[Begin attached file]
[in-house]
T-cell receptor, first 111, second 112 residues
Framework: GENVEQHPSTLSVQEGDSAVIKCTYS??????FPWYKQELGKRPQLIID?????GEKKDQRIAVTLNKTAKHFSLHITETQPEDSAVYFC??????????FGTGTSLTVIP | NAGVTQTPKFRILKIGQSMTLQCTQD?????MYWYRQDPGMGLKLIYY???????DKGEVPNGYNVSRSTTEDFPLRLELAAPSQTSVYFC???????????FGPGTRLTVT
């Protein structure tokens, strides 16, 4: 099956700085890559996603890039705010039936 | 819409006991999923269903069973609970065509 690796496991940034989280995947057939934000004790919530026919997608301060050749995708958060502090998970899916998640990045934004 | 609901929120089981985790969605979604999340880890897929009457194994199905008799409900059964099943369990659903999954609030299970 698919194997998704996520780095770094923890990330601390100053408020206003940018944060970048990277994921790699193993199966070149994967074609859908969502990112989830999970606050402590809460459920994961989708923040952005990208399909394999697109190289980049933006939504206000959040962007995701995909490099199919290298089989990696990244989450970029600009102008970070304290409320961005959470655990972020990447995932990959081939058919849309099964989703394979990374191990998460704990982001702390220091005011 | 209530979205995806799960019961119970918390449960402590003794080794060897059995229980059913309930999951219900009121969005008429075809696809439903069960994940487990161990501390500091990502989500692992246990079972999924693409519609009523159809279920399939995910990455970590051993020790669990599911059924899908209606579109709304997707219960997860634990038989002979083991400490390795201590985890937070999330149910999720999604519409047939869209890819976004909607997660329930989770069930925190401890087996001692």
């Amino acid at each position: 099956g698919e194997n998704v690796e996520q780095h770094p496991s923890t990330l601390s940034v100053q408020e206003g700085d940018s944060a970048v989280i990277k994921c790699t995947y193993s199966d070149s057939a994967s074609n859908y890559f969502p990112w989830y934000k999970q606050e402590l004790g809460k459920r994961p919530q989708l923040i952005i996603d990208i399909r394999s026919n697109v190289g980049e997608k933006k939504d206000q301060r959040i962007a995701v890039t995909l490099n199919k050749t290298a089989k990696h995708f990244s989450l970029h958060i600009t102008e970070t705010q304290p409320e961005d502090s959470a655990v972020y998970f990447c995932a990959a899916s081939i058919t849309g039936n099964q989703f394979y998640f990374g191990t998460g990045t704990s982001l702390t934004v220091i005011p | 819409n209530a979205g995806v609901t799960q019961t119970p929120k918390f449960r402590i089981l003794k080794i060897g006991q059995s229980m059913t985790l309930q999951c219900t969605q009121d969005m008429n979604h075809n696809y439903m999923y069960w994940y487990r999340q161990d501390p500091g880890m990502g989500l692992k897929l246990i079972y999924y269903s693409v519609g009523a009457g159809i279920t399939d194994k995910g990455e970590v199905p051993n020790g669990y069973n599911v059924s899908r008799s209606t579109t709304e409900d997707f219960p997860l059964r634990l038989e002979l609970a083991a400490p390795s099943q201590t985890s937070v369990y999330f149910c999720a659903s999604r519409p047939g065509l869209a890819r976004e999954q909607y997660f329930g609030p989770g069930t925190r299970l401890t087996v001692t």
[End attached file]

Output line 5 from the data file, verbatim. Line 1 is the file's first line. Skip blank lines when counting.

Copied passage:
């Amino acid at each position: 099956g698919e194997n998704v690796e996520q780095h770094p496991s923890t990330l601390s940034v100053q408020e206003g700085d940018s944060a970048v989280i990277k994921c790699t995947y193993s199966d070149s057939a994967s074609n859908y890559f969502p990112w989830y934000k999970q606050e402590l004790g809460k459920r994961p919530q989708l923040i952005i996603d990208i399909r394999s026919n697109v190289g980049e997608k933006k939504d206000q301060r959040i962007a995701v890039t995909l490099n199919k050749t290298a089989k990696h995708f990244s989450l970029h958060i600009t102008e970070t705010q304290p409320e961005d502090s959470a655990v972020y998970f990447c995932a990959a899916s081939i058919t849309g039936n099964q989703f394979y998640f990374g191990t998460g990045t704990s982001l702390t934004v220091i005011p | 819409n209530a979205g995806v609901t799960q019961t119970p929120k918390f449960r402590i089981l003794k080794i060897g006991q059995s229980m059913t985790l309930q999951c219900t969605q009121d969005m008429n979604h075809n696809y439903m999923y069960w994940y487990r999340q161990d501390p500091g880890m990502g989500l692992k897929l246990i079972y999924y269903s693409v519609g009523a009457g159809i279920t399939d194994k995910g990455e970590v199905p051993n020790g669990y069973n599911v059924s899908r008799s209606t579109t709304e409900d997707f219960p997860l059964r634990l038989e002979l609970a083991a400490p390795s099943q201590t985890s937070v369990y999330f149910c999720a659903s999604r519409p047939g065509l869209a890819r976004e999954q909607y997660f329930g609030p989770g069930t925190r299970l401890t087996v001692t």